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Anyone Can Be the Difference: Mental Health Crisis Training in Action

Stacey Howard, Community Operations Executive Support Professional — diciembre 5, 2018 — 3 min de lectura
When I first started working with Community Operations in March 2017, I never thought I would have a need for Crisis Intervention Team (CIT), Mental Health First Aid (MHFA) or Person-Centered Thinking (PCT) training. I’m just an Executive Support Professional. Why would I need that? Yet, here I am, over a year in, and I’ve not only taken all three of them, I have used them in everyday life.

It was a Monday morning that began as any other and quickly turned into something special for me. I, Stacey Howard, Executive Support Professional, was able to help someone. I took the light rail in just like every other day, but when I crossed MLK Boulevard from the train platform to the Charlotte Convention Center, the day became anything but ordinary for me. I noticed a man in his 40s having a very distressing and agitated conversation with someone he truly believed was there with him. He was alone, flailing his arms and yelling at the air. A few people walked by him, ignoring the fact that his pants were falling off and he obviously had on no under clothes. Many others crossed the street to avoid him and their own obvious discomfort.

I get it. Three months ago, I too avoided someone similar in downtown Concord because I didn’t know what to do in that situation. After discussing that incident with my boss, Anna Marshall, she encouraged me to take MHFA. Thanks to her and my fellow Community Operations colleagues, I was able to help this stranger that most obviously needed a helping hand.

This time was different. This time I knew how to help. I dialed 911 and when asked if I needed “police, fire, or medic,” I calmly and confidently told dispatch that I needed a Crisis Intervention trained officer and possibly medic. Dispatch quickly got both on the line so that we were all on the call together. I described not only what the gentleman was wearing and where he was headed, but I was able to describe his behavior. I stressed to them that he had not approached anyone in anger and only seemed to perhaps be a danger to himself. I also told them I did not believe a substance use issue was the reason for his behavior. They asked me if I felt comfortable approaching him and I told them while I was not comfortable doing that, I would follow at a safe distance until they arrived.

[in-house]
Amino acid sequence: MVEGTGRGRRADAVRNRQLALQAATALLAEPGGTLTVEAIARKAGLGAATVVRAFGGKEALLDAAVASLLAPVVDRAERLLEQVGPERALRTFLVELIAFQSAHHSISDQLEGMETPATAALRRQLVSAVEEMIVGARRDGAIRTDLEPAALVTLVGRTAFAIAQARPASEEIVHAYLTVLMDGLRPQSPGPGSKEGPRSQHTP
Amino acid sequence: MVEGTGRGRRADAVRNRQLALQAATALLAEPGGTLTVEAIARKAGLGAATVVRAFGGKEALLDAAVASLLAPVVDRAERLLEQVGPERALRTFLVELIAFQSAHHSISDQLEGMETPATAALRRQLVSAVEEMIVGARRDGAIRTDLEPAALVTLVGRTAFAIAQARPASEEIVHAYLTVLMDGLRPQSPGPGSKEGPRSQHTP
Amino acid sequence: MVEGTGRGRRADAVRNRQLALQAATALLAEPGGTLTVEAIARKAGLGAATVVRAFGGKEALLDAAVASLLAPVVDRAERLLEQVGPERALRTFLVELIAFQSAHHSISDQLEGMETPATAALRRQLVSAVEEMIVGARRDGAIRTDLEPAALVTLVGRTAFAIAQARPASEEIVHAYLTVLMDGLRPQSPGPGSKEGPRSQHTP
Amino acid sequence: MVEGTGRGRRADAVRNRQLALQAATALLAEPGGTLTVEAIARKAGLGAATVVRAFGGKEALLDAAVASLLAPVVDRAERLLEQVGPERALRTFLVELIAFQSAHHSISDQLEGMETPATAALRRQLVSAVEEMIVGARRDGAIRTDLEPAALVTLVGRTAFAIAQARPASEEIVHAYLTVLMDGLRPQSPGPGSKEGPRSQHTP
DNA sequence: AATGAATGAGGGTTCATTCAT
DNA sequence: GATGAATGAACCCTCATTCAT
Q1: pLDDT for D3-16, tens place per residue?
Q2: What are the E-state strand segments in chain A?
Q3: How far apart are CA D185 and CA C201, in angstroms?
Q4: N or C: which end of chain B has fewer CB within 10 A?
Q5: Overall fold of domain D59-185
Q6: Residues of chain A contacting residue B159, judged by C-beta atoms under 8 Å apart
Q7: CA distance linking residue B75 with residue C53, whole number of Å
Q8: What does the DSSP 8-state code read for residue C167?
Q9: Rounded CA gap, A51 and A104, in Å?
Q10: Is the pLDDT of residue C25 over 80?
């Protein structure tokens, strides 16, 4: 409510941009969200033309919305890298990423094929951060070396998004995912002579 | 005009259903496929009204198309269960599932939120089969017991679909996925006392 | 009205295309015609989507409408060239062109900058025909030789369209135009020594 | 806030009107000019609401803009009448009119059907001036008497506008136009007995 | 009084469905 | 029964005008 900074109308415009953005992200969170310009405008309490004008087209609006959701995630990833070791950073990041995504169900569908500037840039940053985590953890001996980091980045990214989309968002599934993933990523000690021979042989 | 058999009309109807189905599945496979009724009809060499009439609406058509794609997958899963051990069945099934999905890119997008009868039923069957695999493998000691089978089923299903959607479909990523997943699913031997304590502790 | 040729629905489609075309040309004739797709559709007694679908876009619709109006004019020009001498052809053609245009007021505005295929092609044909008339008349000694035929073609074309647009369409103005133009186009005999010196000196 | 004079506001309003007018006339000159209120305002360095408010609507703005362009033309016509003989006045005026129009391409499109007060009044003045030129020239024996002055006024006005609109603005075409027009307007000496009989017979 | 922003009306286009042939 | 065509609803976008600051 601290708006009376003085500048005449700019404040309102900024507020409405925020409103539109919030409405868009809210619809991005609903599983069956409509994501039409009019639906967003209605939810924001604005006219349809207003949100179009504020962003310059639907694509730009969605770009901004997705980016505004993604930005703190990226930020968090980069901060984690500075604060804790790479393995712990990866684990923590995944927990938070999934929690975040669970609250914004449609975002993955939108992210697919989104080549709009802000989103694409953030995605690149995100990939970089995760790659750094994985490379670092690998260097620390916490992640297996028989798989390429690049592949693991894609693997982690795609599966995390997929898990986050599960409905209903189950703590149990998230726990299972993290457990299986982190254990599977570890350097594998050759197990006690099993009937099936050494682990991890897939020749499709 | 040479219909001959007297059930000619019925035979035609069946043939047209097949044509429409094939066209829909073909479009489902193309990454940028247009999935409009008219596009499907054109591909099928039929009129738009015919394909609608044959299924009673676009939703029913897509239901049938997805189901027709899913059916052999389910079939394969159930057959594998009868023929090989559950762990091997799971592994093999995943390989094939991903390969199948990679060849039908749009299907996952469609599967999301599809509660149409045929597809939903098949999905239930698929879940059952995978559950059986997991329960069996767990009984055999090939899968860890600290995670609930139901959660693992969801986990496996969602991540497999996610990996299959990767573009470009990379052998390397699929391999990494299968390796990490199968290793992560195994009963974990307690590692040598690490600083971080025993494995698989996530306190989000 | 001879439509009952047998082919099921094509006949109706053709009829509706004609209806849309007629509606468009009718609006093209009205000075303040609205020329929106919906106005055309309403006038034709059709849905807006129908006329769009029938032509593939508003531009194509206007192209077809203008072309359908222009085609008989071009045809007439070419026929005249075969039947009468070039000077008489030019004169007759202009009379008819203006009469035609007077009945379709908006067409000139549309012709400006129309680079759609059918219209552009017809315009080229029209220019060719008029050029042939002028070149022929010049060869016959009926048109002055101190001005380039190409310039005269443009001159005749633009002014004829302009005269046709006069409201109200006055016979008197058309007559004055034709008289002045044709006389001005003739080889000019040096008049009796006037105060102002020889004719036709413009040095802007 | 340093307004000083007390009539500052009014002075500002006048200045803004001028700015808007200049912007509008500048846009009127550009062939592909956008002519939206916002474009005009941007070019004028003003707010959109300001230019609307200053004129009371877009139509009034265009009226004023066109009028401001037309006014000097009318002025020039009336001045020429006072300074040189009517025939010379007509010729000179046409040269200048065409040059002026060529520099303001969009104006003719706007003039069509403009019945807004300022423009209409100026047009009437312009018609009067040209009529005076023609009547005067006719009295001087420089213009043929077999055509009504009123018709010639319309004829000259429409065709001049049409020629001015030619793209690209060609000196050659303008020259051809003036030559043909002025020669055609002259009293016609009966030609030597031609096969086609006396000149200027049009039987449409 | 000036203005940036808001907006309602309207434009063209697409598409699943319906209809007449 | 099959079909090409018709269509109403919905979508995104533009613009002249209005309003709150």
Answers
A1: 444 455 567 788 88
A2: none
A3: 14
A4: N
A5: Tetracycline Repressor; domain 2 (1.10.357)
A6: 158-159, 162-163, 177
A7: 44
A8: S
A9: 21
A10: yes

I followed him down MLK to Brevard, over to Third Street, and then at the corner of Third and South Caldwell, both medic and police arrived. While I didn’t stay to see what happened, I did call the Mecklenburg County non-emergency number later that afternoon to ask about the man. As I expected, they could not give me an update due to privacy laws, but after researching the call, they thanked me for my help that morning.

It doesn’t matter if you’re a C-suite level executive or any level support professional – we can all be the hand that helps someone when we see them in need. We just need to be equipped with the knowledge to help. So yeah, I’m Stacey Howard, Executive Support Professional, but I’m also Stacey Howard, human being with a heart who likes to help people that may not be in a position to help themselves. And now, thanks to MY EMPLOYER, I know how to do just that!

About the Author: Stacey Howard is an Executive Support Professional with Cardinal Innovatoins Healthcare. She is certified in Crisis Intervention Team training, Mental Health First Aid, and Person-Centered Thinking.
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